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Biweekly Binge: Love and play – Julien Hallard’s “Let the Girls Play”- Cinema express

Biweekly Binge: Love and play – Julien Hallard’s Let the Girls Play

A fortnightly column on what’s good – old and new – in the vast ocean of content in the streaming platforms around you

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Published: 20th February 2019

The first couple of scenes of Julien Hallard's Comme des garcons (which translates to 'Like boys') or its English title -- Let the Girls Play -- are a delight. We are in the offices of a local newspaper and Stade de Reims is playing its Ligue 1 match against Saint-Etienne, a relegation battle for once celebrated Reims. Lose and they will have to wallow in second division. Reactions run the gamut, from "I'd rather die than be in second division" to "It's only football." The office is straight out of Mad Men. Secretary Emmanuelle Bruno (Vanessa Guide) goes around the office distributing papers to sign and passes several huddles of men listening to the commentary on radio. She struggles to reach a table because the men are all manspreading around the transistor and that's when there is a goal build up. She manages to place the papers, draws her hand out and contorts her face betraying a multitude of emotions that predate a goal on a fan's face. The men fail to notice. The chance missed, they come back to their senses and wonder what she's still doing there. She makes a nervous, but clean exit. Different versions of this scenario play out through the day. Emmanuelle must wait till dinner time with her father in the insulated confines of their home to finally talk about the tragic future of Stade de Reims in second division. It is 1969.

Hallard's film is a fictitious account of the creation of France's first women's football team and if you are looking for a historically accurate struggle against sexism and patriarchal power structures to put together a women's national sports team, this is not it. The film takes its women seriously rather than itself, and just wants them to have fun while battling 1969-style judgement and the pitfalls that come with it. Any complexity associated with post-1968 Paris or worldwide outrage against the politics of the times is, therefore, jettisoned, and Let the Girls Play is built like a feel-good romantic comedy.

Emmanuelle and discredited (thanks to his scathing critique of Reims' manager, Leroux) football journalist, Paul Coutard (Max Boublil) get together to plan the newspaper's annual fete, and Emmanuelle expresses an interest in a women's football game, having exhausted the ideas of little people dancing or wrestling. When she has a comment about Reims, Paul's first question is: "Is your husband a fan?" But he opens to the idea to the extent that he spots something bigger in it, the fete leaves his mind and he begins to aim for a national team. All this not because he is a feminist. He likes to be in control of the conversation, and even during a date, he falters when the woman overpowers him with words. He has bills to pay and he looks at it as a business interest.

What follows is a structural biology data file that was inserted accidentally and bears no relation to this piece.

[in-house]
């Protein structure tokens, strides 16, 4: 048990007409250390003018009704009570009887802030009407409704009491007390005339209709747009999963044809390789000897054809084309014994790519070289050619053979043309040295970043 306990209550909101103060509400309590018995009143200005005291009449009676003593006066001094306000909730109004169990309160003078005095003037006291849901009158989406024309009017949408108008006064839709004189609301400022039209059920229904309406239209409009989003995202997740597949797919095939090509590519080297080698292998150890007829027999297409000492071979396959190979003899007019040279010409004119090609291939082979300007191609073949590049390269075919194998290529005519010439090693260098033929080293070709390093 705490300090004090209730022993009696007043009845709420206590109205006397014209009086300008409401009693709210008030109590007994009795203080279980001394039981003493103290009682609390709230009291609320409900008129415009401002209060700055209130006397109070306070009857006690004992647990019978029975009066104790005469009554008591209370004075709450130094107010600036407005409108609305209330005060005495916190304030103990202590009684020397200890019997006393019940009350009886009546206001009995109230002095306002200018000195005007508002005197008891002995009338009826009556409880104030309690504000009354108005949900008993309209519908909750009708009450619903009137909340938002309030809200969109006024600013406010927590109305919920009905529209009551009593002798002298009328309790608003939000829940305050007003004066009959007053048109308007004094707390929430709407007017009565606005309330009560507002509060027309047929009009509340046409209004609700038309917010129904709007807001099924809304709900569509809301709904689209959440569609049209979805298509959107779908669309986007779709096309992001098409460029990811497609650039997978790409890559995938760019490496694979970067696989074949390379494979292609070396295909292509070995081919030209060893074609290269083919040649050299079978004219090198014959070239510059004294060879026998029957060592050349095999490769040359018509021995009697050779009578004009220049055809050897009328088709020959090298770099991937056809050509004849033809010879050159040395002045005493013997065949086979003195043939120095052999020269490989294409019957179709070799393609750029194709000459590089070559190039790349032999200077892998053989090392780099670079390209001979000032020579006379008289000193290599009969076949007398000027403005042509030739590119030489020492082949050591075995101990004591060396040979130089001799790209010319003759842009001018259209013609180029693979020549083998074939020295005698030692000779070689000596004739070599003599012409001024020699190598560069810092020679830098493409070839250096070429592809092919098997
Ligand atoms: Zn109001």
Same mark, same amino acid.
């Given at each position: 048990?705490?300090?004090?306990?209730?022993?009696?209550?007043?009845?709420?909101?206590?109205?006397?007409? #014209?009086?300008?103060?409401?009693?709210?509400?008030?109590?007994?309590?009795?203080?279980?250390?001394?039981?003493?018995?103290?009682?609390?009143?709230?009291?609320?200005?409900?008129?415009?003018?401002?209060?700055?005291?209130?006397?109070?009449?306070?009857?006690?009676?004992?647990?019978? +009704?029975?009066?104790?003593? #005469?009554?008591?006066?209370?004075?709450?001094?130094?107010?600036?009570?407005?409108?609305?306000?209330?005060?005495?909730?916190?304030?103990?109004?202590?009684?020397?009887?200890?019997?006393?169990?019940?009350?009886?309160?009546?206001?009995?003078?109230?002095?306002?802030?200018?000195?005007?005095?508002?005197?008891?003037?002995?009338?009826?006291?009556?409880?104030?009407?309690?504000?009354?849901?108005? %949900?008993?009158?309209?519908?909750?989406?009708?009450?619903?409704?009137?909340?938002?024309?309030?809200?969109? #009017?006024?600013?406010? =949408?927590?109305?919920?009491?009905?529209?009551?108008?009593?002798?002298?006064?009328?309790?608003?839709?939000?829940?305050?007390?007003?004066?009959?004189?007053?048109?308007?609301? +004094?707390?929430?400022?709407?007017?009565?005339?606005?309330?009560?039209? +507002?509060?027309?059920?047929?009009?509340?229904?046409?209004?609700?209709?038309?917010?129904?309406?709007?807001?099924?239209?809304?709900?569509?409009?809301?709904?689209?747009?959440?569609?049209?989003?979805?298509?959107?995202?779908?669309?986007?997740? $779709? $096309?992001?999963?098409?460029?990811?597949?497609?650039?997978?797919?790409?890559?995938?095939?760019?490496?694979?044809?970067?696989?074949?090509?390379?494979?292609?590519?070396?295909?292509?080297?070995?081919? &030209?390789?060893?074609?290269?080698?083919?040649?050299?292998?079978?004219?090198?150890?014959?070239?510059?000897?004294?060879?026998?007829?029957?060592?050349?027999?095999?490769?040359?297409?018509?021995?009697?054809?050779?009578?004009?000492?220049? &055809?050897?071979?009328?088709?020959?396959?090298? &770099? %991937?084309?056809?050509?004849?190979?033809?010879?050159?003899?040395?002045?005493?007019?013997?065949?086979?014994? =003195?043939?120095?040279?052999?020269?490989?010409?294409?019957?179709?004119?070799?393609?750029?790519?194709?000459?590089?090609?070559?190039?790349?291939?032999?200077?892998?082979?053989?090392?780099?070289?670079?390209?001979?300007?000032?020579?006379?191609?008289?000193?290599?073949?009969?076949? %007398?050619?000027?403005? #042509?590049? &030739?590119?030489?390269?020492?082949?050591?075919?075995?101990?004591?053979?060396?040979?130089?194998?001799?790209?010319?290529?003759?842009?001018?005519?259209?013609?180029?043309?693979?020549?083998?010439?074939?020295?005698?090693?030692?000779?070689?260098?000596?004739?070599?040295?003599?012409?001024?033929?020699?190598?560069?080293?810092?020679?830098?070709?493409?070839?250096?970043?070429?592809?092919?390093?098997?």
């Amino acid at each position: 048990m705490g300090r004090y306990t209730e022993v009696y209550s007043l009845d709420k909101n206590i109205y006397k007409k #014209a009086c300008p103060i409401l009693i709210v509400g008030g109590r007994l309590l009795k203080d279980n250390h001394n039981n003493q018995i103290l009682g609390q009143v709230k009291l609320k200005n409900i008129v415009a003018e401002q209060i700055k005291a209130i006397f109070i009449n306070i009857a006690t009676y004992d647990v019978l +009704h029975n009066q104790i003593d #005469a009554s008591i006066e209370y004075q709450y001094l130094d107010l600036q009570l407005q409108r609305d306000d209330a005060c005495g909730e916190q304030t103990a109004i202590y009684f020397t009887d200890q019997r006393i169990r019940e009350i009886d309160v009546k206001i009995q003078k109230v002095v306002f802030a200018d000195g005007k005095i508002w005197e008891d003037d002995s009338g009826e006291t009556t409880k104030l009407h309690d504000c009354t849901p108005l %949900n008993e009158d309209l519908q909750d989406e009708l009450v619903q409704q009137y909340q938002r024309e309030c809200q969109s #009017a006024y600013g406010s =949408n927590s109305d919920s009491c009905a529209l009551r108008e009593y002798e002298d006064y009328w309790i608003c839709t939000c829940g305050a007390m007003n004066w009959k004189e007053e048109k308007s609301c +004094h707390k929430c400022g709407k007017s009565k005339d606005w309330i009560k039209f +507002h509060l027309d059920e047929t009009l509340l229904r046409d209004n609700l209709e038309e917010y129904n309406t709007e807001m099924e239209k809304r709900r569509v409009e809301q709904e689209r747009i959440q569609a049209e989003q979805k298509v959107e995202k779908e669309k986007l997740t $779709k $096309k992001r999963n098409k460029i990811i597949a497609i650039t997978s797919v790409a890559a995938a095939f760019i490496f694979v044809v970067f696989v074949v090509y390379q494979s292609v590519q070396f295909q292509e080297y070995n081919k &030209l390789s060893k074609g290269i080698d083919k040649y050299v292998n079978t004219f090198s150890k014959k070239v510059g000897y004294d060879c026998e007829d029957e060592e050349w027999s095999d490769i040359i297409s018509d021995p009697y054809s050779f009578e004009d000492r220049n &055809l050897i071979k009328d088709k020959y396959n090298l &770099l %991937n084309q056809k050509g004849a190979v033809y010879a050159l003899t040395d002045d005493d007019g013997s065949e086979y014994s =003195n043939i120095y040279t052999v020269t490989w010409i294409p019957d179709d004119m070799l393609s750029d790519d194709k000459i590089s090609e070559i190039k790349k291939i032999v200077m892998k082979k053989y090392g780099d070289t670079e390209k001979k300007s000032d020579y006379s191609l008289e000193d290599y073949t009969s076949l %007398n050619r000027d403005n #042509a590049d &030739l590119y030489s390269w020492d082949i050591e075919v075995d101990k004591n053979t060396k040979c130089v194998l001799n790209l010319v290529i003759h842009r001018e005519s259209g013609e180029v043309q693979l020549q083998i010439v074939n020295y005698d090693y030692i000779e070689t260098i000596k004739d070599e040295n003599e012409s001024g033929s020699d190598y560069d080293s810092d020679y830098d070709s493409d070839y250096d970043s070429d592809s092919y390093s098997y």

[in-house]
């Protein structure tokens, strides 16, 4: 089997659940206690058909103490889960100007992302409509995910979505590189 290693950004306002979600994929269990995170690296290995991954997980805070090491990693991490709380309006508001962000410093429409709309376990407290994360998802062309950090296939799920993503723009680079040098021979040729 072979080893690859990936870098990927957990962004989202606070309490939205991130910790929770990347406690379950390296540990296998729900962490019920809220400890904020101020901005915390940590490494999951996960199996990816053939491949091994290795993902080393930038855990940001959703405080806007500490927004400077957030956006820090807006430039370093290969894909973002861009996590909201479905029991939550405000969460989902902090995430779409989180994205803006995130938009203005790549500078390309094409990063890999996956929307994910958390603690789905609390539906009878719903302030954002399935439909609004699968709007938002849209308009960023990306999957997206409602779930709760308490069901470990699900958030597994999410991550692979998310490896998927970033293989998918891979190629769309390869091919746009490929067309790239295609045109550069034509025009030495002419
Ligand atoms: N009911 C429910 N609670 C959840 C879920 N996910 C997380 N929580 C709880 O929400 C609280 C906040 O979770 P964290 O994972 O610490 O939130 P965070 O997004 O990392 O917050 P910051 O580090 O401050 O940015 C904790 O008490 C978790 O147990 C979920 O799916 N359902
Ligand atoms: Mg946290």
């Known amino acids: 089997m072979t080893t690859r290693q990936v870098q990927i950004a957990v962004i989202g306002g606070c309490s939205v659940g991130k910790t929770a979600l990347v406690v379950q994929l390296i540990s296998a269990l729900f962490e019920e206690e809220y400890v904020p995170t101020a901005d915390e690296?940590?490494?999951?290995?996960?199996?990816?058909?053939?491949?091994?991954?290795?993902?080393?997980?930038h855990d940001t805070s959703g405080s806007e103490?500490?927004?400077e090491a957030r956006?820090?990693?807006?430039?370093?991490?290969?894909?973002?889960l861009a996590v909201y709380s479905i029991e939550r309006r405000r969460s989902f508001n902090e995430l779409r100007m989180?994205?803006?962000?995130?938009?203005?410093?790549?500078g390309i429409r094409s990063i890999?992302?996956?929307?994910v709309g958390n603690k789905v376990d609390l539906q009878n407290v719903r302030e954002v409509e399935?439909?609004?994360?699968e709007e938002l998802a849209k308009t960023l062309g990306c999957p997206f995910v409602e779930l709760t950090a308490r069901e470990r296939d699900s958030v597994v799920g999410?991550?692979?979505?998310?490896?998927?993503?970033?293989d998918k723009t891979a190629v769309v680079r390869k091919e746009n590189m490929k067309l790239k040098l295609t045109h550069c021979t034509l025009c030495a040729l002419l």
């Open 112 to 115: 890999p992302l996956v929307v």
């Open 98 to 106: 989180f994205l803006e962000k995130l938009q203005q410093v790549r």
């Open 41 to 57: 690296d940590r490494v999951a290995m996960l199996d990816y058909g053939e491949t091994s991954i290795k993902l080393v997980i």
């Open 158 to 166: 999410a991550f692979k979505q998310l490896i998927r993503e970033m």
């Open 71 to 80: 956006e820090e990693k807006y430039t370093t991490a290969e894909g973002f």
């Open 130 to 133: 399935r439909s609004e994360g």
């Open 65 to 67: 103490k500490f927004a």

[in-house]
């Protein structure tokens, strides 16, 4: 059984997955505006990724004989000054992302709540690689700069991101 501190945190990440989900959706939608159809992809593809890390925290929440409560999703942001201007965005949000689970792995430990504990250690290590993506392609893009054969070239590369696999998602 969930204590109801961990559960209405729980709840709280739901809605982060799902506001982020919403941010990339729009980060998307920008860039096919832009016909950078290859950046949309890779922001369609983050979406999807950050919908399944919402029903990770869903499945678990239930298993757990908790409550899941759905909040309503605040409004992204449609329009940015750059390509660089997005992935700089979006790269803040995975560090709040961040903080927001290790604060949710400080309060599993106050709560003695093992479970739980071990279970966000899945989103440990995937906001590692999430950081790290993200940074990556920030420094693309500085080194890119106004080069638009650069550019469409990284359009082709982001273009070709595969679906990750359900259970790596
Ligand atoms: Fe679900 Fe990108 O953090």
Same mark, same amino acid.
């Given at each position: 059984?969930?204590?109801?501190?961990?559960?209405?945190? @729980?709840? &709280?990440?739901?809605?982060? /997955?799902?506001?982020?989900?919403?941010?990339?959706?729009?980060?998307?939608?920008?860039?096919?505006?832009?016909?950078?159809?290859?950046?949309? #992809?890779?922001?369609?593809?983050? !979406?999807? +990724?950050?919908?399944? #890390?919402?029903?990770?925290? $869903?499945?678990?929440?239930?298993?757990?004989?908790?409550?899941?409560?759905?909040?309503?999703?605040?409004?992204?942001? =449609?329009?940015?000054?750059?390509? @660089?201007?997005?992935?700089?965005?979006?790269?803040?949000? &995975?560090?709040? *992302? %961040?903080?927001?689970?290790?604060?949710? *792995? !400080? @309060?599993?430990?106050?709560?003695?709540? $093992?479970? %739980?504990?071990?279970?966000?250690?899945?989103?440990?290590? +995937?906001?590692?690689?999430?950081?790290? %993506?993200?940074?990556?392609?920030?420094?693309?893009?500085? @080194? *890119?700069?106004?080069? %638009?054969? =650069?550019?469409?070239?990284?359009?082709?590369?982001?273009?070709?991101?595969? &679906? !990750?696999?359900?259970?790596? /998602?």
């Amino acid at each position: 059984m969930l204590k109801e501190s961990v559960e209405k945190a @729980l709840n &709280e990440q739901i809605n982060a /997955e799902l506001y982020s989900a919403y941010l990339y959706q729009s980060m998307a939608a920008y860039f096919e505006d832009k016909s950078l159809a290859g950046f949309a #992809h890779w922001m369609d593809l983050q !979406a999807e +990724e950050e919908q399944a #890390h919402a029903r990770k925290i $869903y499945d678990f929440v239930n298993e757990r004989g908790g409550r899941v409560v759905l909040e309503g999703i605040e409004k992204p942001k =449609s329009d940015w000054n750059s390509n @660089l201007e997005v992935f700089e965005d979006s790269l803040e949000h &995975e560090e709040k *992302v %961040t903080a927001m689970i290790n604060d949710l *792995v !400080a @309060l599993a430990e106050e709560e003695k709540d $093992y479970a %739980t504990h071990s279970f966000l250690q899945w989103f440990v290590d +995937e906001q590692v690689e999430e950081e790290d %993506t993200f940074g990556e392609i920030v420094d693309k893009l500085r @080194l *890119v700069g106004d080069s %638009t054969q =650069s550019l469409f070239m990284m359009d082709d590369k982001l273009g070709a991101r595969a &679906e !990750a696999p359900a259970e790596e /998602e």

Some of the most joyous moments in Hallard's film involve, unsurprisingly, the football scenes and the women's challenges to even get together for practice. A husband must be bribed to sign the paper giving consent to the wives to play. The applicants' age is limited at 40 but the nicknames keep flowing - the hippie-feminist goalkeeper, the "granny" who cannot last ten minutes on the field, the "bulldozer" centre back. Let the Girls Play cannot be termed "the locomotive of women's history" but the team does have a Brigitte Bardot lookalike.

Emmanuelle predictably gets the star treatment in their impromptu match against Reims' junior team when she goes on as a substitute and dribbles her way to the goal that would make Messi's goal against Getafe look like kids' stuff. But there is also the enthusiastic husband, shorter than his wife, yet looming large as the lone fan on the side of the pitch, violently waving a flag or jumping away in abandon - the team's first ultra. These images contribute to a vision of what it takes to be a fledgling part of a larger goal, the early days of playing against mobility-challenged nuns or only with ogling military men as spectators or on uneven dirty pitches.

The film doesn't even pretend to mirror reality except for some cheeky flourishes to go with the setting and the circumstances. We get a character out of the first European Cup final between Reims and Real Madrid, where one of the film's characters was marking Alfredo di Stefano. It also has other present-day realities -- old men in suits in board rooms, having their refreshments and weighing between women's place in the kitchen and on a football pitch, a star player is unveiled publicly and men comment on the effects of football on women's reproductive system. By 1969, Margaret Court and Billie Jean King had won multiple titles at French Open and Wimbledon, respectively. But football was still considered a rugged, masculine dominion compared to the snooty aristocracy of tennis. Paul's colleague at one point asks him if they should help the team as they prepare their cheaply-bought team van. He says, “Oh, don't be so macho. They are in control." Let the Girls Play has its share of romcom clichés, but it is sharp and sneaky when decides to play.

Let the Girls Play is streaming on Mubi.

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